I admitted it aloud recently to a good friend. I’m reaching a point, which in some ways is exciting, of overload. I don’t even have kids or pets, but face so many choices and decisions it’s hard to know where to prioritize, focus and begin.
Right now, these include:
finishing and hopefully selling the proposal for my third book
opening and stocking my Etsy shop, AtlasoftheHeart
planning and marketing a writing workshop for next January in New Mexico
creating the photo book I began back in March at the Banff Springs Hotel
starting the proposal for my fourth book
getting “Malled” sold to some overseas markets
planning and executing a fund-raising campaign for a writers’ charity whose board I belong to
reaching out to new freelance clients to line up more work
following up with several amazing people I’ve recently met, with whom I hope to work
connecting on LinkedIn with all 65 people I just met at the retail conference I spoke at
following up in detail with three or four of them on a specific idea we discussed
finding more local speaking engagements for “Malled”
seeking and setting up readings and events for “Malled”
seeking and finding blogs on which to write guest posts to promote it
trying to repair — do I want to? — the non-speaking relationship with my mother
losing more weight so I can (shriek) schedule my hip replacement surgery
seeking and finding more paid venues at which to speak about “Malled”
staying in touch with friends worldwide
reading for pure pleasure
reading for book proposal research
long afternoons sitting with a good friend face to face
meeting new business contacts
mining my Facebook and LinkedIn connections
answering LinkedIn questions to stay visible within that community
choosing which cultural events like ballet, concerts, dance, theater to attend and getting tickets
staying in touch with several friends facing health issues, one whose Mom is quite ill
dealing more thoughtfully with my investments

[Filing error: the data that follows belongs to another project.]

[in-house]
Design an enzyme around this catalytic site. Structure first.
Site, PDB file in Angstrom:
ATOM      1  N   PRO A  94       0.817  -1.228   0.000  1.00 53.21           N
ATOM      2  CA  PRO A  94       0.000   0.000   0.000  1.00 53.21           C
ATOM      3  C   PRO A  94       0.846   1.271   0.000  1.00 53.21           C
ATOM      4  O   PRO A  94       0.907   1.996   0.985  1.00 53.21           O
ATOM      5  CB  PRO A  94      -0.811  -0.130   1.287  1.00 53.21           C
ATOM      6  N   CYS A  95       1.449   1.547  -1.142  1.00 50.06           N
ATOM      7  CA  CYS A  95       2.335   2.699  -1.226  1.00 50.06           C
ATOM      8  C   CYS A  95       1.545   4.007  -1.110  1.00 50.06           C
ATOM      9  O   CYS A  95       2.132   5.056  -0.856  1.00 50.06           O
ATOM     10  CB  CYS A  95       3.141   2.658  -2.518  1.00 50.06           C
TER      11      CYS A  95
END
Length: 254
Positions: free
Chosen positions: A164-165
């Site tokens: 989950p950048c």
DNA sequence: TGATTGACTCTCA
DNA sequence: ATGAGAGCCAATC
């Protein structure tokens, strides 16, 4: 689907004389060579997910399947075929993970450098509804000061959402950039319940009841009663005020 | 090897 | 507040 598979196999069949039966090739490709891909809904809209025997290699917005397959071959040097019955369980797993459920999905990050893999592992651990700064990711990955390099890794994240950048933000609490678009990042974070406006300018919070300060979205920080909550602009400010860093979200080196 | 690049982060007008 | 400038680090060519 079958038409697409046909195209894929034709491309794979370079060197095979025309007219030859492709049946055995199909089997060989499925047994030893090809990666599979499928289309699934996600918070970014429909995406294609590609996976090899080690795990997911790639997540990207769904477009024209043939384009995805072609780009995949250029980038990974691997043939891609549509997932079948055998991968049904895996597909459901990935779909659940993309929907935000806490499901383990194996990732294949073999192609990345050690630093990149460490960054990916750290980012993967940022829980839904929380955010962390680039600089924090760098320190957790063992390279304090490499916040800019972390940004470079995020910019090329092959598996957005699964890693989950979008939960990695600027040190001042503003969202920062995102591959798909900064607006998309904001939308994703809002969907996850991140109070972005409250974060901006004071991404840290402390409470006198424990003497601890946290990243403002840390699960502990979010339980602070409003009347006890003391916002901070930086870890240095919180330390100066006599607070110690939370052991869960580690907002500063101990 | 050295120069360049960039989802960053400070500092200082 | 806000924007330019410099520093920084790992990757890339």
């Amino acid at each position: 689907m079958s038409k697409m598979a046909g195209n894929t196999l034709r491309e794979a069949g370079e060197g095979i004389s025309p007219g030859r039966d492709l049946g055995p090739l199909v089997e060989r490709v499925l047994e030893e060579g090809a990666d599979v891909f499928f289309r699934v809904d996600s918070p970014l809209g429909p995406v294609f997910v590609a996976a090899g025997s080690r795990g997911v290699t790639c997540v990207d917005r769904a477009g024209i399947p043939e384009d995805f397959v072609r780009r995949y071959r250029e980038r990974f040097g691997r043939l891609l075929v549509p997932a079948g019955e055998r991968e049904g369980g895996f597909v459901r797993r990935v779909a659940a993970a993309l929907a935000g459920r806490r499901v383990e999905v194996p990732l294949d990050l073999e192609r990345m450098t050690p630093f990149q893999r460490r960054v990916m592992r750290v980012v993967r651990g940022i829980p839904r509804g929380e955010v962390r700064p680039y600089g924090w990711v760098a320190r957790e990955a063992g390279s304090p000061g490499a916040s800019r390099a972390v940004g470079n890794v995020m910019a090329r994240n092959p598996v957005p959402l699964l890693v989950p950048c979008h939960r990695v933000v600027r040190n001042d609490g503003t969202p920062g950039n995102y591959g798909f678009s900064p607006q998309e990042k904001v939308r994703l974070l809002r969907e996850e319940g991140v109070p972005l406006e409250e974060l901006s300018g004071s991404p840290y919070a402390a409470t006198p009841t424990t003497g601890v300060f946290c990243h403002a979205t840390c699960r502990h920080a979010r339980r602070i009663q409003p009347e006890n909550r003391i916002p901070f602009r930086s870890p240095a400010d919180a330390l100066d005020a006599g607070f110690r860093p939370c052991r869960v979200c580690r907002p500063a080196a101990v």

And that’s not even including writing this blog and responding to the many interesting people who comment.
The New York Times recently ran an interesting essay on the current paucity of “big ideas”, based on the current Niagara of data we have no time to thoughtfully absorb or process:
But if information was once grist for ideas, over the last decade it has become competition for them. We are like the farmer who has too much wheat to make flour. We are inundated with so much information that we wouldn’t have time to process it even if we wanted to, and most of us don’t want to.
The collection itself is exhausting: what each of our friends is doing at that particular moment and then the next moment and the next one; who Jennifer Aniston is dating right now; which video is going viral on YouTube this hour; what Princess Letizia or Kate Middleton is wearing that day. In effect, we are living within the nimbus of an informational Gresham’s law in which trivial information pushes out significant information, but it is also an ideational Gresham’s law in which information, trivial or not, pushes out ideas.
We prefer knowing to thinking because knowing has more immediate value. It keeps us in the loop, keeps us connected to our friends and our cohort. Ideas are too airy, too impractical, too much work for too little reward. Few talk ideas. Everyone talks information, usually personal information.
Here’s a thought-provoking list of possible things to reply to from Seth Godin’s blog.
How do you handle or manage all the data and demands coming at you, personally and professionally?